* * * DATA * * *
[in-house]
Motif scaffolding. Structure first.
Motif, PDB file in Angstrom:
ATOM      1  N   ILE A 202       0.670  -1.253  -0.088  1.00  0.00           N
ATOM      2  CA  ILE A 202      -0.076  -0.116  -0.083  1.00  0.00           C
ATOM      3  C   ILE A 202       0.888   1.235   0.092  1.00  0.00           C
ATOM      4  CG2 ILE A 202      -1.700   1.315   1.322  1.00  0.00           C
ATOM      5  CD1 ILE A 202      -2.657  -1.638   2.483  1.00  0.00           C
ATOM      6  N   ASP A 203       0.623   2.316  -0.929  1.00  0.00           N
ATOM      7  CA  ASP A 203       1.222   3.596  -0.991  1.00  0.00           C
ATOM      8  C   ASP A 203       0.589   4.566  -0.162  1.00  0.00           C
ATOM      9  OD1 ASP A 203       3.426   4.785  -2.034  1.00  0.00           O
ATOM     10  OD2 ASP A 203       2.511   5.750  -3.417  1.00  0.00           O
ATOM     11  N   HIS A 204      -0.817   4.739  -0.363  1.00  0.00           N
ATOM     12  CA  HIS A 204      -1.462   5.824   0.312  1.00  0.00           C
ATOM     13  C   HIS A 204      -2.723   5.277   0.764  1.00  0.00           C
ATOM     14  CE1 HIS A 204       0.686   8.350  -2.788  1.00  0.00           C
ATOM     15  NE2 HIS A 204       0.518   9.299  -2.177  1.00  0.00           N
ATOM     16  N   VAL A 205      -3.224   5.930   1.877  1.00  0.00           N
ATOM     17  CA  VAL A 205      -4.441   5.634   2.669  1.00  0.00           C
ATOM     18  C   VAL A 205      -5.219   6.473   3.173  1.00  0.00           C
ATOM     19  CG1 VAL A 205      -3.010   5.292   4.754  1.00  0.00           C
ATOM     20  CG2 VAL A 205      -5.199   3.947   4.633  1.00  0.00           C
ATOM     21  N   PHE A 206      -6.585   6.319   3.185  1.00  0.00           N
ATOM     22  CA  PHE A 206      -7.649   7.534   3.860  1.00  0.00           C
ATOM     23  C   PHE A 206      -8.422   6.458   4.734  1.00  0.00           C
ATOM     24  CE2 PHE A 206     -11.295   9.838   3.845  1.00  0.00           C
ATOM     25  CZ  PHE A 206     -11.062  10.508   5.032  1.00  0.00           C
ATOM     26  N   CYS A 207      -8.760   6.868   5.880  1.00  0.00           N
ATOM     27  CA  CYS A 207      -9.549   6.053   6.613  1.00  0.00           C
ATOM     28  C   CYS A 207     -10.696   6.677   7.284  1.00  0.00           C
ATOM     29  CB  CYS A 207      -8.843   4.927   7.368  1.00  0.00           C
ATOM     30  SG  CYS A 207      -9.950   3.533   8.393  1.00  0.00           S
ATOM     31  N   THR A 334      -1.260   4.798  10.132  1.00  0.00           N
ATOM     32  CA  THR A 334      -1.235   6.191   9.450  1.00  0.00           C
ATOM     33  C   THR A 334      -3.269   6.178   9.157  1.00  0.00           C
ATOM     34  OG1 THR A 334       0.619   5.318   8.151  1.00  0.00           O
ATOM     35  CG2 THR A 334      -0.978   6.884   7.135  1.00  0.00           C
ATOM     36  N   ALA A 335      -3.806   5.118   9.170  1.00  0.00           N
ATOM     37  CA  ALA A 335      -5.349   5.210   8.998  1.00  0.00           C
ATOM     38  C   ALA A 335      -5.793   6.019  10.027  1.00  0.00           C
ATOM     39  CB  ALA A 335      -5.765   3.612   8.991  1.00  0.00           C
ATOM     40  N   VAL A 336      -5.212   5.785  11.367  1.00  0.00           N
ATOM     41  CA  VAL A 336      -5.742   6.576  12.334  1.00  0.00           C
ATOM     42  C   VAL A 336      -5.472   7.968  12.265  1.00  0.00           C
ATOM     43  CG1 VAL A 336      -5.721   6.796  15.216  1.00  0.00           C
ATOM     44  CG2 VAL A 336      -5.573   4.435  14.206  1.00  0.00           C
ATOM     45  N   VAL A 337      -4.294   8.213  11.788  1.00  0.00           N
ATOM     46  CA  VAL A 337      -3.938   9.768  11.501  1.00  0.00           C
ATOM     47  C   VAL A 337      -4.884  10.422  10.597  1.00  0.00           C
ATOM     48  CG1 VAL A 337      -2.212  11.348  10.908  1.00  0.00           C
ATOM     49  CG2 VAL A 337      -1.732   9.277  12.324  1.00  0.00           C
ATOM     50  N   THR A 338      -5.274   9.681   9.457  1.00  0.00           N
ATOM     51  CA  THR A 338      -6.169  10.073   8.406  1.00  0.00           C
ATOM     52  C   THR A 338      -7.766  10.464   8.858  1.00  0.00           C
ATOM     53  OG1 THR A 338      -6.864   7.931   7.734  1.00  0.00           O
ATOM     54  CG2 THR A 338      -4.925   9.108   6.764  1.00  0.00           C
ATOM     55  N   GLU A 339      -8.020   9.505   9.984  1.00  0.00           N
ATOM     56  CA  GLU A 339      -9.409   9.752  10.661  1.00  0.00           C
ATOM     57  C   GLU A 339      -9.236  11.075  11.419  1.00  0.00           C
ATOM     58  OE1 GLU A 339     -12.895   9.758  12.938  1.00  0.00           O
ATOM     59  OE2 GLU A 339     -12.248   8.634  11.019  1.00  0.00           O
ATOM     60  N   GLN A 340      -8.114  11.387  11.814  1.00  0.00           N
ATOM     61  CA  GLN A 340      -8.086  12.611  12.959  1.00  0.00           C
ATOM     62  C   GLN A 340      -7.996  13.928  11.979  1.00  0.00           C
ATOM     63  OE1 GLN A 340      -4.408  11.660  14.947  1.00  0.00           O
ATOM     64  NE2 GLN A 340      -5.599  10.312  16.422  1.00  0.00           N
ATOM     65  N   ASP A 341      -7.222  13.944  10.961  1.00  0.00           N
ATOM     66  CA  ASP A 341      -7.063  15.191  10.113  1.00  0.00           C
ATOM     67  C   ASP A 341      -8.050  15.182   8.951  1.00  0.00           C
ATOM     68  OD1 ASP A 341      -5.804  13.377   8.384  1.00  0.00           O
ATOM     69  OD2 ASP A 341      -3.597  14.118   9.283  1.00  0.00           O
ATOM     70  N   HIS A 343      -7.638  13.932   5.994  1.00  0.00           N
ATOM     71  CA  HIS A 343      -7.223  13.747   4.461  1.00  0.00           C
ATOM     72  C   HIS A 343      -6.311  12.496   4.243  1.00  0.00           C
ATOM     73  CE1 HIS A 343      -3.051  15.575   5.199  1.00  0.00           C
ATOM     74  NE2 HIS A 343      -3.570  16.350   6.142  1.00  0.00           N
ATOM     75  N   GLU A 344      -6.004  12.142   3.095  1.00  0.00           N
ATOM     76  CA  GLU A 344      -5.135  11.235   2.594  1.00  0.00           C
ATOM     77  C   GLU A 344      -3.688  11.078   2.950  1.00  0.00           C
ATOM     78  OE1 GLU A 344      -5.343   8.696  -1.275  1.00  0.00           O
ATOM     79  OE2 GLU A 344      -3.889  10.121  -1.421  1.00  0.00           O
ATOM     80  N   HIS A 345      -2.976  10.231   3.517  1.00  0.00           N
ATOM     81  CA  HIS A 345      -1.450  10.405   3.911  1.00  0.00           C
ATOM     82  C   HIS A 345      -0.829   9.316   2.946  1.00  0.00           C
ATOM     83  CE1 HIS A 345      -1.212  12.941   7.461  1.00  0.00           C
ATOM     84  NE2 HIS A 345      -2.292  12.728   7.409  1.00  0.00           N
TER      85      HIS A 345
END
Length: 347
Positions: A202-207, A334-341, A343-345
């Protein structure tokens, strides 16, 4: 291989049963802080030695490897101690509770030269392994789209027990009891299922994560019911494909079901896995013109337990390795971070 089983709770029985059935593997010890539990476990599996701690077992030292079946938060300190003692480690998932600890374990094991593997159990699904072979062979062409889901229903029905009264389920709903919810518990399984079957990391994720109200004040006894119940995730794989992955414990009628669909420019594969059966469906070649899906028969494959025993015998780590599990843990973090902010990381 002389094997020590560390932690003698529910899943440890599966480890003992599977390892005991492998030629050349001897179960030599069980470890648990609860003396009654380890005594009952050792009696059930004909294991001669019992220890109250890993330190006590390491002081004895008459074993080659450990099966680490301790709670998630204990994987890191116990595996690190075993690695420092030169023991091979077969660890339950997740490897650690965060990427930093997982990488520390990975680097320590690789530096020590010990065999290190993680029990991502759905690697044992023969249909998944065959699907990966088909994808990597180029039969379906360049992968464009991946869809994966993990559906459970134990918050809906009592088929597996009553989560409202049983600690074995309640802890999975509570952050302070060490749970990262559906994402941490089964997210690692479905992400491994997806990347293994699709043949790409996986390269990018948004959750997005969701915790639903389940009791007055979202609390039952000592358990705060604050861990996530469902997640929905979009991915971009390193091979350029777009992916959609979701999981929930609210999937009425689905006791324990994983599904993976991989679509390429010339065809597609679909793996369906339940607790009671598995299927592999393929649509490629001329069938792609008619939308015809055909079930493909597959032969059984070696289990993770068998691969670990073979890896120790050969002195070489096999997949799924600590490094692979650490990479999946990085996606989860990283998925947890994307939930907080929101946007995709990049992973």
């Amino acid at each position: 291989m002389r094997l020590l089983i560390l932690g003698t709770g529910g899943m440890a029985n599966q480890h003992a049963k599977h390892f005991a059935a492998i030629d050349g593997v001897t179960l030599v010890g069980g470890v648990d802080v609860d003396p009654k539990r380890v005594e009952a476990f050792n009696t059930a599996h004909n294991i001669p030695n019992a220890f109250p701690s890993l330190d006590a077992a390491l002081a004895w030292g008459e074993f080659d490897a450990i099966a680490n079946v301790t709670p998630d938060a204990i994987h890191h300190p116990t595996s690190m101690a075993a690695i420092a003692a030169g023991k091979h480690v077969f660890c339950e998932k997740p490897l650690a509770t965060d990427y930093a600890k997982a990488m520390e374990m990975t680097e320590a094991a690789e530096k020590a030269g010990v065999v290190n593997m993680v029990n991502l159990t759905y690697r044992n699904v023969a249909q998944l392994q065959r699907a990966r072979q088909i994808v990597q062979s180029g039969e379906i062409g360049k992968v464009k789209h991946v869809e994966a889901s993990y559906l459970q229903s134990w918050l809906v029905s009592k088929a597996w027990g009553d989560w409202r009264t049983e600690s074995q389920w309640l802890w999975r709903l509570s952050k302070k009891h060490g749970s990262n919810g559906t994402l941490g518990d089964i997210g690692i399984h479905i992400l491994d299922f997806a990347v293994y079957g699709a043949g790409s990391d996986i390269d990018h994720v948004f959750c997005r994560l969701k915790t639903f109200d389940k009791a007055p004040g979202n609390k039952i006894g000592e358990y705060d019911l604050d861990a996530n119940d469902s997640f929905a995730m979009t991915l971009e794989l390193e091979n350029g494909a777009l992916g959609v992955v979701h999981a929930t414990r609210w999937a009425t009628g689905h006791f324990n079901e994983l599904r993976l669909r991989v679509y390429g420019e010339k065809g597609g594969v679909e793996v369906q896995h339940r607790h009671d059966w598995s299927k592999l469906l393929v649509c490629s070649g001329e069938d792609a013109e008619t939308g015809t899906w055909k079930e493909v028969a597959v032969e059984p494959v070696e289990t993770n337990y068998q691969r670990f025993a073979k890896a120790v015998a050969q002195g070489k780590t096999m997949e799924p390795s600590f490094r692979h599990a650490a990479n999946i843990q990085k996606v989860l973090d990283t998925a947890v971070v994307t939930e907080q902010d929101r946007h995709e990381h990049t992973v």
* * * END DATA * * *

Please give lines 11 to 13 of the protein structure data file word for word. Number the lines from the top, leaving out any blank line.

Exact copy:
ATOM      8  C   ASP A 203       0.589   4.566  -0.162  1.00  0.00           C
ATOM      9  OD1 ASP A 203       3.426   4.785  -2.034  1.00  0.00           O
ATOM     10  OD2 ASP A 203       2.511   5.750  -3.417  1.00  0.00           O